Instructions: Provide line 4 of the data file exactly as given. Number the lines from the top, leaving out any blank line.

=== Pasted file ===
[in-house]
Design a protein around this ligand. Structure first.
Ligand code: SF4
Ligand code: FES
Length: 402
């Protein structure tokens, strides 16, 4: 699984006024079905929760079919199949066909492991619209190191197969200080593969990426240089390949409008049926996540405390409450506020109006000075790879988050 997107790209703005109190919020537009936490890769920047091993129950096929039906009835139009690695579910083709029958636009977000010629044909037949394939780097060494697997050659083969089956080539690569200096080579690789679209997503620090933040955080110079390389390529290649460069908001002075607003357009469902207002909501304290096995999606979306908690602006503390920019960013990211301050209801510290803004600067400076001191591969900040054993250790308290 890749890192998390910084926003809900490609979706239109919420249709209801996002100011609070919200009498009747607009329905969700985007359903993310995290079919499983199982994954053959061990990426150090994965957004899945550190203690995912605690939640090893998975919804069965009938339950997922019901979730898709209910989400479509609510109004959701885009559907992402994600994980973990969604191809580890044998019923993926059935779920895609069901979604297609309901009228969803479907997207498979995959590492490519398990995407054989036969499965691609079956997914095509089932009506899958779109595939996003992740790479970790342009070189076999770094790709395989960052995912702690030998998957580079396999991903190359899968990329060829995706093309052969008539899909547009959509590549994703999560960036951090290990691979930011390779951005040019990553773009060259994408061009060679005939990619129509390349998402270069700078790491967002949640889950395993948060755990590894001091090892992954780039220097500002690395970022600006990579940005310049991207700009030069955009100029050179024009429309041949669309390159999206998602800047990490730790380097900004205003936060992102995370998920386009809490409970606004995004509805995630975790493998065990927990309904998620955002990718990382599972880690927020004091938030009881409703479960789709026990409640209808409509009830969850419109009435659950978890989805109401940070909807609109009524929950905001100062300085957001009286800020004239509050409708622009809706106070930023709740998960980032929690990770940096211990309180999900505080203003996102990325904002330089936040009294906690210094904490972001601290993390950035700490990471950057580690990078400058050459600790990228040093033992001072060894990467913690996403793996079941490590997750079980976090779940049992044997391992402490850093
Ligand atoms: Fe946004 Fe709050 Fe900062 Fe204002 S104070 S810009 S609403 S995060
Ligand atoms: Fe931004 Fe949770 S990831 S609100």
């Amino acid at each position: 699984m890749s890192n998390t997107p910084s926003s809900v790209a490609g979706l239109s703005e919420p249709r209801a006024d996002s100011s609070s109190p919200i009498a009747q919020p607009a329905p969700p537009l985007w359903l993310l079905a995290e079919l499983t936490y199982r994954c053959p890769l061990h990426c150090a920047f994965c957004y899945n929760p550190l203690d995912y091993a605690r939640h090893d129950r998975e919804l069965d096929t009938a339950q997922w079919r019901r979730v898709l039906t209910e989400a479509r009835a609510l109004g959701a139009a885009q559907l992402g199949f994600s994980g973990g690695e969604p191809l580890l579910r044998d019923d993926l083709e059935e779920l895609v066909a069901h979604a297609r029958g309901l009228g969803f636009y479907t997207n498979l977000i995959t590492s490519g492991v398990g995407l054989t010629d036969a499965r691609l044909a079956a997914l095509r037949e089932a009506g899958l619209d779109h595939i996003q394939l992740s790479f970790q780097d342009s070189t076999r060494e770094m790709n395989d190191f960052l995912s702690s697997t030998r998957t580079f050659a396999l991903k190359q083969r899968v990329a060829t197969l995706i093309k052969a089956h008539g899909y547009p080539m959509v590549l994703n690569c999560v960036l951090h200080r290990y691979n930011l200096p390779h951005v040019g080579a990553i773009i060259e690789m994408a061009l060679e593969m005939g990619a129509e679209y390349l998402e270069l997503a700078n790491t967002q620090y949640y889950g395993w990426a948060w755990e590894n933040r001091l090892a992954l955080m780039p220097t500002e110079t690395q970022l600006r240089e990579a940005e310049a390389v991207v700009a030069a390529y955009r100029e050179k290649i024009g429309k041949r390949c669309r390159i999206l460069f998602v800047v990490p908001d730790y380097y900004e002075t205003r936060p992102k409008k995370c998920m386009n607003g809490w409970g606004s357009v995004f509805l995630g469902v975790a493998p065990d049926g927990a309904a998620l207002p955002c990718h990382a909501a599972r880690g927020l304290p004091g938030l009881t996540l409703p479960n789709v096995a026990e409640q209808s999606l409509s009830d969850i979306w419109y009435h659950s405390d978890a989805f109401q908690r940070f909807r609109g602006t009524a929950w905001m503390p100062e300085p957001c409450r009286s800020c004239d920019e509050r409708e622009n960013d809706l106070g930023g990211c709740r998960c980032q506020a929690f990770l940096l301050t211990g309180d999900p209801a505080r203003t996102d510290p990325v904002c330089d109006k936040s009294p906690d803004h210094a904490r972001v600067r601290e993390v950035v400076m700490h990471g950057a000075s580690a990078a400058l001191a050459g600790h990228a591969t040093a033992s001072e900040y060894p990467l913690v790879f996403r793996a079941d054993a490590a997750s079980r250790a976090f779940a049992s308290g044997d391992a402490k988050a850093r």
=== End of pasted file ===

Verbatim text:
Ligand code: FES